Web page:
“Summer isn’t the only season for backyards. As a result of 2020, we’ve seen a deep desire for year-round backyards and increased requests for all-weather designs - from outdoor fireplaces that serve as a gathering point in winter, to covered pergolas that provide shade in the summer months,” the report says. “In places that experience harsher winters, clients are trading their fire pits for outdoor fireplaces - a more permanent structure that invites outdoor entertaining, even in the middle of winter.”
It’s a trend that MAD Design’s Stephane Thomas says has been rapidly gathering momentum over the past 18 months - both in residential and hospitality settings. “More and more people are wanting solutions to be able to work, relax, dine and exercise outside - and they want outdoor rooms that aren’t off limits in the cooler seasons. In the hospitality sector, COVID-19 has redefined outdoor dining experiences, and restaurants, cafes and bars have transformed their spaces,” he says.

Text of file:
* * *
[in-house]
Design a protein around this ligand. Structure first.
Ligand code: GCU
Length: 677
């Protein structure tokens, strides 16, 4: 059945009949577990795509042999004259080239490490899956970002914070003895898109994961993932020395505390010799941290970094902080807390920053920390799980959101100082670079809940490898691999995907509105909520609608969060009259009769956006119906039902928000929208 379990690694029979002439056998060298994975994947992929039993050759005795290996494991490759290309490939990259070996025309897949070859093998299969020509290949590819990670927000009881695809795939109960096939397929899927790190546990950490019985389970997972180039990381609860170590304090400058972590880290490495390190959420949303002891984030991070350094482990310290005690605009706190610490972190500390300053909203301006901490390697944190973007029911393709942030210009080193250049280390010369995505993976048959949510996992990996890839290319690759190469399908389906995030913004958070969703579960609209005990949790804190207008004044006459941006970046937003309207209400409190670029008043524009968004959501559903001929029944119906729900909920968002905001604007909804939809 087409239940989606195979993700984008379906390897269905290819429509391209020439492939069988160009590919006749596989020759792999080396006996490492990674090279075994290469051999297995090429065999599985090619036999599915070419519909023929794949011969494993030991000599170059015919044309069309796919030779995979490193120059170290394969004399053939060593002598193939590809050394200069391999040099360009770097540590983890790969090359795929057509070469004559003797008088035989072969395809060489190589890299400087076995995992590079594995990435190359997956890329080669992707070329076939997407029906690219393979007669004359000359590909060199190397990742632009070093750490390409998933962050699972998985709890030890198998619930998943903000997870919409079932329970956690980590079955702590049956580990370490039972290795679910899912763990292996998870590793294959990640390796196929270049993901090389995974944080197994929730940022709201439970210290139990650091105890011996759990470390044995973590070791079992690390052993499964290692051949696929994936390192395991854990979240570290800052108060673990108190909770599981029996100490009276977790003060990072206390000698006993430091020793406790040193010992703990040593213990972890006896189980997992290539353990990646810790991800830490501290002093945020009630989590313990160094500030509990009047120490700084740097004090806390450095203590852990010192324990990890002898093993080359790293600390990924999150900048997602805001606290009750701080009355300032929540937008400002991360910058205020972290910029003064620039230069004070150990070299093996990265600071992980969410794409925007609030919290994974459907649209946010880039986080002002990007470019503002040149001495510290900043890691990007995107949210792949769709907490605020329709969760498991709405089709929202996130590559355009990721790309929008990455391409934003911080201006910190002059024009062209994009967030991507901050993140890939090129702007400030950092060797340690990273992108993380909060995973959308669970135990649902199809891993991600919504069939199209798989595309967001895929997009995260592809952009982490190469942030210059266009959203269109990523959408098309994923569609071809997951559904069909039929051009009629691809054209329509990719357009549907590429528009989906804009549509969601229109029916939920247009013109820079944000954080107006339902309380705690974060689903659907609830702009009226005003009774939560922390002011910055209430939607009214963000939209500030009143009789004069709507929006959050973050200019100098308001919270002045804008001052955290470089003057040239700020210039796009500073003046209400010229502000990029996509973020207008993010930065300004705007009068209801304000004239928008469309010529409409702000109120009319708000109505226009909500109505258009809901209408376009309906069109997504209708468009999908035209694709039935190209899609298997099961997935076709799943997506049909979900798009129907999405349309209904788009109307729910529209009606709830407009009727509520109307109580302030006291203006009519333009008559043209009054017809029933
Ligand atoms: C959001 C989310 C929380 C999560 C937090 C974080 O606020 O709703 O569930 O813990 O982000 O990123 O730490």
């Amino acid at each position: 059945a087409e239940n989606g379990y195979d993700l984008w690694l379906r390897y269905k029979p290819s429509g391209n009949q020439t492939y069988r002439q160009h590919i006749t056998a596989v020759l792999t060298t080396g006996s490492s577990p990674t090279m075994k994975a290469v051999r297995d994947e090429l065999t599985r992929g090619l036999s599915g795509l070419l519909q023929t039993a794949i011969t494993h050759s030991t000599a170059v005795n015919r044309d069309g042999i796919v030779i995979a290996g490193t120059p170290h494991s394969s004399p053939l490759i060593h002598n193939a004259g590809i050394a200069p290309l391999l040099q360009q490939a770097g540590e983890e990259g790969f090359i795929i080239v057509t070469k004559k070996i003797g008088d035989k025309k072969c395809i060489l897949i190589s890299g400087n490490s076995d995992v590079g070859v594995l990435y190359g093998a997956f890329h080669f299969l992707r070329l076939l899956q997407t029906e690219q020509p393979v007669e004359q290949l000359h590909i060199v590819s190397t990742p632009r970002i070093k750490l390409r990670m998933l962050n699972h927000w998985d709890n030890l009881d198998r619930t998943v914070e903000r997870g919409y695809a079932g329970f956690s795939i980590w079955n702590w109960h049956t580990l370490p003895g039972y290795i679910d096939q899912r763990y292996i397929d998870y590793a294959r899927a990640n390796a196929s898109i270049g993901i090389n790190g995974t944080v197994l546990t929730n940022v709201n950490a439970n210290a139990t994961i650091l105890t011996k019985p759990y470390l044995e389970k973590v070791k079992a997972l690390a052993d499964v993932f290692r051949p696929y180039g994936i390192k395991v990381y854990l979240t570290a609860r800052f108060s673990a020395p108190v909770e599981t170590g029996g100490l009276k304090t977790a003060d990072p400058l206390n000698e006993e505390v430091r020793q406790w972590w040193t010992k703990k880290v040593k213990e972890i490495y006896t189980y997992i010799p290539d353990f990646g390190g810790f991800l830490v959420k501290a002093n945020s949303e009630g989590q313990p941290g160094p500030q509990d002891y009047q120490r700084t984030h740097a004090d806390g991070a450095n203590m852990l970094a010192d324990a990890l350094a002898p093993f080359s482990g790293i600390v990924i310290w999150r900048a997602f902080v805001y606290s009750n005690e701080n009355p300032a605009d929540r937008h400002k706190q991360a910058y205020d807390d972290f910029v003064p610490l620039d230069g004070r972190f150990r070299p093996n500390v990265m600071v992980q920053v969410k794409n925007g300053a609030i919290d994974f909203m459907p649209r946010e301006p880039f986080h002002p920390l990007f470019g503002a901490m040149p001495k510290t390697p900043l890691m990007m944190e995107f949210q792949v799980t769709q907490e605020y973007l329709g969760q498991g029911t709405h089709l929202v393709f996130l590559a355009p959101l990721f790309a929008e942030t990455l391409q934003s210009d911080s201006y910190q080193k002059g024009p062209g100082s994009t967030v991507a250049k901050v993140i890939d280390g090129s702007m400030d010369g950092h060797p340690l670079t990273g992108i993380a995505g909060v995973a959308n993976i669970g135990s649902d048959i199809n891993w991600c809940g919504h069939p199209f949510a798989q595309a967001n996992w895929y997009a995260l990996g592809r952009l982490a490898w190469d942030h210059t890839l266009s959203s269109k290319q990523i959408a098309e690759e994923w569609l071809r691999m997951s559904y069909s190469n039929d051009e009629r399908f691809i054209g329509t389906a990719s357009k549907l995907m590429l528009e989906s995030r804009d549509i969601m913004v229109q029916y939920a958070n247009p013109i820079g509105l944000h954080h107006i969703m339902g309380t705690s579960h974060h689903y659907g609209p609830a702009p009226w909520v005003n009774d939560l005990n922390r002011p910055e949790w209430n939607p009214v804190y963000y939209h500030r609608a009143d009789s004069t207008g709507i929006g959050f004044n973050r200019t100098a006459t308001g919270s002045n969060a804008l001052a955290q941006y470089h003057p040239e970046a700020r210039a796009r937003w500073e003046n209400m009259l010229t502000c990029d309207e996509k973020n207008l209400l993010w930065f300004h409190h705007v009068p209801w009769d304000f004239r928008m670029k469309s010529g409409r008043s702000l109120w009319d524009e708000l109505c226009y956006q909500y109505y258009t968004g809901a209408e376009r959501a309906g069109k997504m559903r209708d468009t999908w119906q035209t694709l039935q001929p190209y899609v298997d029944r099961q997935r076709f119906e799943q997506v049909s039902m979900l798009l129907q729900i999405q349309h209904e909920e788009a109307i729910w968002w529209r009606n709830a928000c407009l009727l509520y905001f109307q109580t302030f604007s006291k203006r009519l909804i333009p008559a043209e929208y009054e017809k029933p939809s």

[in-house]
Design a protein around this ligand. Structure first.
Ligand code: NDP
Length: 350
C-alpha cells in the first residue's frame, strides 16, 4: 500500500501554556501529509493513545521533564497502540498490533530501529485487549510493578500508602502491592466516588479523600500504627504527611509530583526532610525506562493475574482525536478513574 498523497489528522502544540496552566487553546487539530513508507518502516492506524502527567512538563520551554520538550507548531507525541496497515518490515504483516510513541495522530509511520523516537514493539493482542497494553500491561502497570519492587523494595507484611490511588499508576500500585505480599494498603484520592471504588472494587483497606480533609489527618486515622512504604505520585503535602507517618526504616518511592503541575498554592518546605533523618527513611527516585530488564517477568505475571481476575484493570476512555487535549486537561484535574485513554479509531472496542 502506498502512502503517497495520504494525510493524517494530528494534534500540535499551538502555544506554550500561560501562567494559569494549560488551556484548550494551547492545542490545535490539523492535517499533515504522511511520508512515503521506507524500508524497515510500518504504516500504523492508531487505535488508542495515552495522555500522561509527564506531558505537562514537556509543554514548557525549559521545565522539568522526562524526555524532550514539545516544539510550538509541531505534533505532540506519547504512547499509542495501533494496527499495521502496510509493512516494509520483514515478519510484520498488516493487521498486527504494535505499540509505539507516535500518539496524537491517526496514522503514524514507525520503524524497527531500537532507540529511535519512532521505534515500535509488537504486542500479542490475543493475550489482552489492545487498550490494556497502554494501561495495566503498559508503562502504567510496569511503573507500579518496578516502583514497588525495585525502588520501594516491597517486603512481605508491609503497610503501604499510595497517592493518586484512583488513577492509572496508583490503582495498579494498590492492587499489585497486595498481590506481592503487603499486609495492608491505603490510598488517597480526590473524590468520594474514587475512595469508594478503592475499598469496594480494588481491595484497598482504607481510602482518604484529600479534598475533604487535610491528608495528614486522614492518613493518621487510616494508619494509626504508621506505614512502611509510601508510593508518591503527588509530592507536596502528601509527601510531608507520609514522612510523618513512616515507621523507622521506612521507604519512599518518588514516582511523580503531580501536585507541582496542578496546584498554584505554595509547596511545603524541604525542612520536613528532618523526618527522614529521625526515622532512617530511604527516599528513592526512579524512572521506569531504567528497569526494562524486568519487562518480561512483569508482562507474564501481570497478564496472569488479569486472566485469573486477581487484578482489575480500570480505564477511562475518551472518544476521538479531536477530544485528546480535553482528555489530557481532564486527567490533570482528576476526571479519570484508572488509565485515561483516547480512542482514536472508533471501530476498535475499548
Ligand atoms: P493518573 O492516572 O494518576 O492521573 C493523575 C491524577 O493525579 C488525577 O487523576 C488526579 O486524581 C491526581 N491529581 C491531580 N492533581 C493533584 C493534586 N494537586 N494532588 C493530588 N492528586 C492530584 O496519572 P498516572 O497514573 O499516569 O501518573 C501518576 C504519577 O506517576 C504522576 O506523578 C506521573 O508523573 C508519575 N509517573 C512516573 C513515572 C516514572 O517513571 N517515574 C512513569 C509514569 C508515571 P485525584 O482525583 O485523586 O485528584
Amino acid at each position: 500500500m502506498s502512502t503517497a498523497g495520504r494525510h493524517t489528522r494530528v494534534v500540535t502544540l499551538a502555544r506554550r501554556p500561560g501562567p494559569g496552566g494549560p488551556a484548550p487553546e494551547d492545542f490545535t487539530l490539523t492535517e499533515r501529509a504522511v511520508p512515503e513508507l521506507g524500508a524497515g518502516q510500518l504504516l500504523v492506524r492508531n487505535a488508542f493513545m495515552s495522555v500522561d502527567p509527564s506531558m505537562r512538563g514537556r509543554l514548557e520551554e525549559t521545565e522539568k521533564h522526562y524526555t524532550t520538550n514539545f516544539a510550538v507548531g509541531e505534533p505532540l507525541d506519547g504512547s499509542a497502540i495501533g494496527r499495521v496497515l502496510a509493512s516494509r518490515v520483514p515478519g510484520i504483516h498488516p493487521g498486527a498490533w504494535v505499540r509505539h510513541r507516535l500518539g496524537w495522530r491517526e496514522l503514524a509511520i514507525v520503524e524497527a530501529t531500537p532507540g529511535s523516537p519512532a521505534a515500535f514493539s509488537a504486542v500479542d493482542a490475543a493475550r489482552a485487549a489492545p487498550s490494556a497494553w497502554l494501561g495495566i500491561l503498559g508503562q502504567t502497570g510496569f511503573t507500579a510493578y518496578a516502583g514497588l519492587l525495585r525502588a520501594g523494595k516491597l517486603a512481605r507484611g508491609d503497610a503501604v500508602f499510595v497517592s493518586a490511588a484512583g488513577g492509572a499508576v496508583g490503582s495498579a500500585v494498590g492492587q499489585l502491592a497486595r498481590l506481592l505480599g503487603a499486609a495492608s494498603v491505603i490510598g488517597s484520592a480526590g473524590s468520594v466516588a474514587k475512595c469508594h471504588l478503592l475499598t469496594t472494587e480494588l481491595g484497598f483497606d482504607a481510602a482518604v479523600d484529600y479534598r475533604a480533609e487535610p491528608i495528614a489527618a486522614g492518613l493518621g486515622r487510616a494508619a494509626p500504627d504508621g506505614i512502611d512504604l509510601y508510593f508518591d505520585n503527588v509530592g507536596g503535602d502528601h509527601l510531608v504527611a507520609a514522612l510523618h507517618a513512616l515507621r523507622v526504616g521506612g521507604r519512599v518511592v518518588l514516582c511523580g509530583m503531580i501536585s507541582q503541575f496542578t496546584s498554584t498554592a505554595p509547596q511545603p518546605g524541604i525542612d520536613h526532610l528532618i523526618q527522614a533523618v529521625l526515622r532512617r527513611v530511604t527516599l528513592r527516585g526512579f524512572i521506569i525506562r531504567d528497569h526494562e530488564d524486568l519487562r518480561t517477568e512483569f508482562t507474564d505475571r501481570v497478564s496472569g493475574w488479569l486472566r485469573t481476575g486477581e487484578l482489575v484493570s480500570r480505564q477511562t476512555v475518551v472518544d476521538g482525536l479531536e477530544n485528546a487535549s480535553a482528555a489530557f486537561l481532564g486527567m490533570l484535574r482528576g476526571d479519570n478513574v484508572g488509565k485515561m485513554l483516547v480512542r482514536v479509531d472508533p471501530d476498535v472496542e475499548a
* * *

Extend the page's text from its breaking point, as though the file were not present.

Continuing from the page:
To help achieve this, installing effective and attractive outdoor heating solutions is vital. “It’s interesting to read the Yardzen report where it says that clients are trading their fire pits for outdoor fireplaces. It’s important to note that not all fire pits are created equal - and we have a perfect solution that provides both comfort and ambiance,” Stephane explains. “We call the concept “Better Together”. It involves combining an EcoSmart Fire with a HEATSCOPE radiant heater, which enables you to create the ultimate outdoor space and ensures year-round enjoyment of your outdoor space.
“The golden, flickering flames of a permanent, tailor-made EcoSmart Fire, or a portable Fire Table or Fire Pit provides an alluring focal point, a gathering point for family, friends, guests or patrons, and by also installing a discrete, award-winning HEATSCOPE radiant heater, you can keep everyone pleasantly warm. HEATSCOPE heaters directly reach people, floors and furniture with a quiet and adjustable sun-like warmth. The air remains cool and clean, but you enjoy a natural and pleasant temperature. It’s the perfect patio heater.
“EcoSmart Fire + HEATSCOPE: the perfect combination to create a trans-seasonal space.”*fuel options vary depending on country regulations.